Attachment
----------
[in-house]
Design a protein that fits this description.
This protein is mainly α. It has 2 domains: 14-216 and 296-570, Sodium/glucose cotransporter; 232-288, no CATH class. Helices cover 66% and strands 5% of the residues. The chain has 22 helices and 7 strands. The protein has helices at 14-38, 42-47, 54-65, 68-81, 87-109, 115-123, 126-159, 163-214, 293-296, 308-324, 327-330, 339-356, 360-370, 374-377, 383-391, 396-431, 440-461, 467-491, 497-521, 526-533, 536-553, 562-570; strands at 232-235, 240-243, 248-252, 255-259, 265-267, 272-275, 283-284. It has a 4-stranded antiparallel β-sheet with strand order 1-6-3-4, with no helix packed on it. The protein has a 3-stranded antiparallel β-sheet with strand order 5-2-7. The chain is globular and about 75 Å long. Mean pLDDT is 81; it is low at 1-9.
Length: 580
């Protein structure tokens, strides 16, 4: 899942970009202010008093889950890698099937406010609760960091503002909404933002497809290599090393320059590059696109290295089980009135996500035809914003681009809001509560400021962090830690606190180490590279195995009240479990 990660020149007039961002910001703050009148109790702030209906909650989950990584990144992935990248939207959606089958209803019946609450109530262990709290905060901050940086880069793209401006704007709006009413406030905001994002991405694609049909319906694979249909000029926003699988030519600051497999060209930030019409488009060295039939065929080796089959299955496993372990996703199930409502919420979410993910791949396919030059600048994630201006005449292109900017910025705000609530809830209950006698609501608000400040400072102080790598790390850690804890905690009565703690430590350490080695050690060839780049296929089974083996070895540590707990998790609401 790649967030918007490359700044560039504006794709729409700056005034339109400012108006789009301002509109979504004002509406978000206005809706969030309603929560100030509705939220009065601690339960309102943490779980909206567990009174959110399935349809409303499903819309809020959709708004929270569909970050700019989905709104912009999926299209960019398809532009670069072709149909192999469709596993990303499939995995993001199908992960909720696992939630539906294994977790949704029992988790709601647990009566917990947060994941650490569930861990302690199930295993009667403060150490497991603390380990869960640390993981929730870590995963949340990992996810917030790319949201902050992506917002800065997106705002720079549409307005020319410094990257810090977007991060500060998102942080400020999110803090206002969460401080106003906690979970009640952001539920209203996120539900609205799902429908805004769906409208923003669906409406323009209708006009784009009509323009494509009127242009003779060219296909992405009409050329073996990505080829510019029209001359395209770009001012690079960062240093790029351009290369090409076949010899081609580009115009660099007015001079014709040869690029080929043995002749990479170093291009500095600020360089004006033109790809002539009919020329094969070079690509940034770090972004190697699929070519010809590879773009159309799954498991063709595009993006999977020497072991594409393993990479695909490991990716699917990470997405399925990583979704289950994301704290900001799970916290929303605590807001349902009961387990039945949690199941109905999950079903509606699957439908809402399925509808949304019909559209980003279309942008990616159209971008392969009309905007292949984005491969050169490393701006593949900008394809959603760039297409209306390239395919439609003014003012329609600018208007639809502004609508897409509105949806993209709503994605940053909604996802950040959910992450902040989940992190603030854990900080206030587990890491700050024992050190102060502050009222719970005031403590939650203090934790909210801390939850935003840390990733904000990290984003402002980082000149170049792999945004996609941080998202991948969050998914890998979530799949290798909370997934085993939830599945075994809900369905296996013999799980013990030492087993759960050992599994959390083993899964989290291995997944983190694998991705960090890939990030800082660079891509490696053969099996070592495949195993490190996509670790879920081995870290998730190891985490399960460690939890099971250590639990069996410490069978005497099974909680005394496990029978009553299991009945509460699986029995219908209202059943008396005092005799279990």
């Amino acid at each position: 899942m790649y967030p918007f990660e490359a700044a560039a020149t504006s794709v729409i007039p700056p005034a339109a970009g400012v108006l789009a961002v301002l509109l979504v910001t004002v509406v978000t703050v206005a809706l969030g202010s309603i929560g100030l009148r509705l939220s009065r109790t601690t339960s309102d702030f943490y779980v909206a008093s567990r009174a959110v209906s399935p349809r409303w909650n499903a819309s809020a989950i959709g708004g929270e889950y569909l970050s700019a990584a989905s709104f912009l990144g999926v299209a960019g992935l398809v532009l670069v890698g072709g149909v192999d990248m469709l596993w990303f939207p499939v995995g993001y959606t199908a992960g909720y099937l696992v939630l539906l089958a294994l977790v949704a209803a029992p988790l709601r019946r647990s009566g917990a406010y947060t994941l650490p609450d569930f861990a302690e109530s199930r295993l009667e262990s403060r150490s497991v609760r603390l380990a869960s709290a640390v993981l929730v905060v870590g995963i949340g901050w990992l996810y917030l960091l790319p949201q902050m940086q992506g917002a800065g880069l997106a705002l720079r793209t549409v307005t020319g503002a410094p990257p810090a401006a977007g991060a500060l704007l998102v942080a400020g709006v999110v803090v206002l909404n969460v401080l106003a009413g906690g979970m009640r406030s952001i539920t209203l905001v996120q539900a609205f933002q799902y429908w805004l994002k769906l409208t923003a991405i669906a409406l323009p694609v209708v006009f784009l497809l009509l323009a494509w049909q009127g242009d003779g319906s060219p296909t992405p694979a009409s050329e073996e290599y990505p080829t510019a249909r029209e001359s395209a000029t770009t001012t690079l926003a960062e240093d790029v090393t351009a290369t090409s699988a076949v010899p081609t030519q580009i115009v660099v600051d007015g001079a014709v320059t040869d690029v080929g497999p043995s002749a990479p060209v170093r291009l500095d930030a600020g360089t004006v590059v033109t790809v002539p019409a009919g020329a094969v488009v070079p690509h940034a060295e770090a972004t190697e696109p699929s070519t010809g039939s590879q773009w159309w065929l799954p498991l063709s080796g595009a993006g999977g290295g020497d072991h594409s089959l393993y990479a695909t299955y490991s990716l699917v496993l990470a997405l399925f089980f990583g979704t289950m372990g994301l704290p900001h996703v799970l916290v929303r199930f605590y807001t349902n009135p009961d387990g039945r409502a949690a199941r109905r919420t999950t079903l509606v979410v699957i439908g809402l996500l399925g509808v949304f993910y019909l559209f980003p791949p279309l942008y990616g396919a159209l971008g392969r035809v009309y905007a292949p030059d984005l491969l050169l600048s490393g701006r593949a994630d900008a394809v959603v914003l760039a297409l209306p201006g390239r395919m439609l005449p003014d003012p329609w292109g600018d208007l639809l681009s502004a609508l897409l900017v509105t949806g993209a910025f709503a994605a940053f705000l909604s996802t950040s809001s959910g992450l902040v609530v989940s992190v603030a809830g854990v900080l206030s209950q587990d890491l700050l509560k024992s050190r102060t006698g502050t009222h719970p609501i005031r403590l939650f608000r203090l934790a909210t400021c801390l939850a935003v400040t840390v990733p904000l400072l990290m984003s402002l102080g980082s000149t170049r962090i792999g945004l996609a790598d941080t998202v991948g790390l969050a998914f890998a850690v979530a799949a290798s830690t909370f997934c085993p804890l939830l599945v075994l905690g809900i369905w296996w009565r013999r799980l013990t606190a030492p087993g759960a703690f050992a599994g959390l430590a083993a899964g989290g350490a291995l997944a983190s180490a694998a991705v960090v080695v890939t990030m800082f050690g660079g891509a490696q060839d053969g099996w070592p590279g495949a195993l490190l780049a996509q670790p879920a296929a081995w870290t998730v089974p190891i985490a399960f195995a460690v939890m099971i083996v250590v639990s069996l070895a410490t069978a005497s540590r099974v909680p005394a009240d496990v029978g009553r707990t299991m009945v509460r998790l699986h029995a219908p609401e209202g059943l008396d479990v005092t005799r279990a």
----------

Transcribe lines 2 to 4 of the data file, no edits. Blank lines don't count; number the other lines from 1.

Design a protein that fits this description.
This protein is mainly α. It has 2 domains: 14-216 and 296-570, Sodium/glucose cotransporter; 232-288, no CATH class. Helices cover 66% and strands 5% of the residues. The chain has 22 helices and 7 strands. The protein has helices at 14-38, 42-47, 54-65, 68-81, 87-109, 115-123, 126-159, 163-214, 293-296, 308-324, 327-330, 339-356, 360-370, 374-377, 383-391, 396-431, 440-461, 467-491, 497-521, 526-533, 536-553, 562-570; strands at 232-235, 240-243, 248-252, 255-259, 265-267, 272-275, 283-284. It has a 4-stranded antiparallel β-sheet with strand order 1-6-3-4, with no helix packed on it. The protein has a 3-stranded antiparallel β-sheet with strand order 5-2-7. The chain is globular and about 75 Å long. Mean pLDDT is 81; it is low at 1-9.
Length: 580